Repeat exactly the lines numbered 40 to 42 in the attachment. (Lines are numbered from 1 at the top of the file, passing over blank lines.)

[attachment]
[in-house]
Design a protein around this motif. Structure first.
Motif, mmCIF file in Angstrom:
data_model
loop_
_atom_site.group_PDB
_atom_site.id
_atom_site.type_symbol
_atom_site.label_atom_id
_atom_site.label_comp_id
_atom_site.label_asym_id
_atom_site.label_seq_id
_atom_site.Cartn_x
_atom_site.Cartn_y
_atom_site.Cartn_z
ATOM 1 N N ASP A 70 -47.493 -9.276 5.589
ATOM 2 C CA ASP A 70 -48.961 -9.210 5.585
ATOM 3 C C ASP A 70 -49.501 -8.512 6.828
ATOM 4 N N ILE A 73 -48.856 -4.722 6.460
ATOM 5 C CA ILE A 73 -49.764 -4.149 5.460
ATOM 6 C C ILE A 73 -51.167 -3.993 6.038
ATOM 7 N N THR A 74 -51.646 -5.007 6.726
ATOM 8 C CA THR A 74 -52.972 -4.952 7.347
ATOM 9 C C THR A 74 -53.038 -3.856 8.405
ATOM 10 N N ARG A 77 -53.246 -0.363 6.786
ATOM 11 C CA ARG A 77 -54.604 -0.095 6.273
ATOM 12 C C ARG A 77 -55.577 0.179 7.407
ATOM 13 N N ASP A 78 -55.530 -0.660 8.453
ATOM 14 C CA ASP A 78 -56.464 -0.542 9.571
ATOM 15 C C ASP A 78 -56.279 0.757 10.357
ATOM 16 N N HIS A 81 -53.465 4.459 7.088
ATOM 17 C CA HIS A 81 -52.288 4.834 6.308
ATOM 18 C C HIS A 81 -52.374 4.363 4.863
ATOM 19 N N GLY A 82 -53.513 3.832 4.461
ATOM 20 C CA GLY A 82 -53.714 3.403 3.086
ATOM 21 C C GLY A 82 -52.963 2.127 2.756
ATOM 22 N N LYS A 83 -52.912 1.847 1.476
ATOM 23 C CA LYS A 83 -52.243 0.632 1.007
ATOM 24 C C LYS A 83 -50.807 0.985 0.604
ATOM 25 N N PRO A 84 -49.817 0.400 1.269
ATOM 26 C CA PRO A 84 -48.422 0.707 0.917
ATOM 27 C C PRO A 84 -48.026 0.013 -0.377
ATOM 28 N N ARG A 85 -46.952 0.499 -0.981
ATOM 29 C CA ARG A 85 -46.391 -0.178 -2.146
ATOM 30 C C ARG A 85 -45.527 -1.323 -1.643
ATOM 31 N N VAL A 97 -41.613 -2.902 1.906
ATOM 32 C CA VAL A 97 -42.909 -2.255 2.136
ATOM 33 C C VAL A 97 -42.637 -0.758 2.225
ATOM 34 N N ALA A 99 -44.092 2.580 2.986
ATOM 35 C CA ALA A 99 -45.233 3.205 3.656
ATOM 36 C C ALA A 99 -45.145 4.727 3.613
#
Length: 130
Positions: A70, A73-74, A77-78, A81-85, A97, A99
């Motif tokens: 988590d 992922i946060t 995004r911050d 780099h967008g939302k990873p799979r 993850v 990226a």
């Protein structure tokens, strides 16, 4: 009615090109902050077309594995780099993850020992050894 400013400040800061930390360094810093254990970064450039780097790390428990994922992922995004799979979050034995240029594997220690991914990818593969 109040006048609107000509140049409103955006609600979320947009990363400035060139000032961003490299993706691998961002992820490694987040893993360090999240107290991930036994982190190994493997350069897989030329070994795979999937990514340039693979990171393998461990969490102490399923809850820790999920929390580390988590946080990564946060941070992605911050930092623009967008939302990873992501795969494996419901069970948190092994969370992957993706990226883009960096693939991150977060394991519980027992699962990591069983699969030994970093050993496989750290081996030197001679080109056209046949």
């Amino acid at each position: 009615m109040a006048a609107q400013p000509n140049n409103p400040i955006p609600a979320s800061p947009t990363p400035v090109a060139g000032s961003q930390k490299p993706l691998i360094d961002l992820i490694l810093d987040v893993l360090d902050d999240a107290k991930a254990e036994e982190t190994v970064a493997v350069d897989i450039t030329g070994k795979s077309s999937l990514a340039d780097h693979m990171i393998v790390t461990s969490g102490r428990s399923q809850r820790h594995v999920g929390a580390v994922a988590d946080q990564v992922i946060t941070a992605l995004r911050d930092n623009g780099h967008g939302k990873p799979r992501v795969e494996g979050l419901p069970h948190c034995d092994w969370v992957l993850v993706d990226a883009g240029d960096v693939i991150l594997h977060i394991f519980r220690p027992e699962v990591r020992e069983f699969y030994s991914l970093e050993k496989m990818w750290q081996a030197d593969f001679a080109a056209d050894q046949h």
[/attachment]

ATOM 25 N N PRO A 84 -49.817 0.400 1.269
ATOM 26 C CA PRO A 84 -48.422 0.707 0.917
ATOM 27 C C PRO A 84 -48.026 0.013 -0.377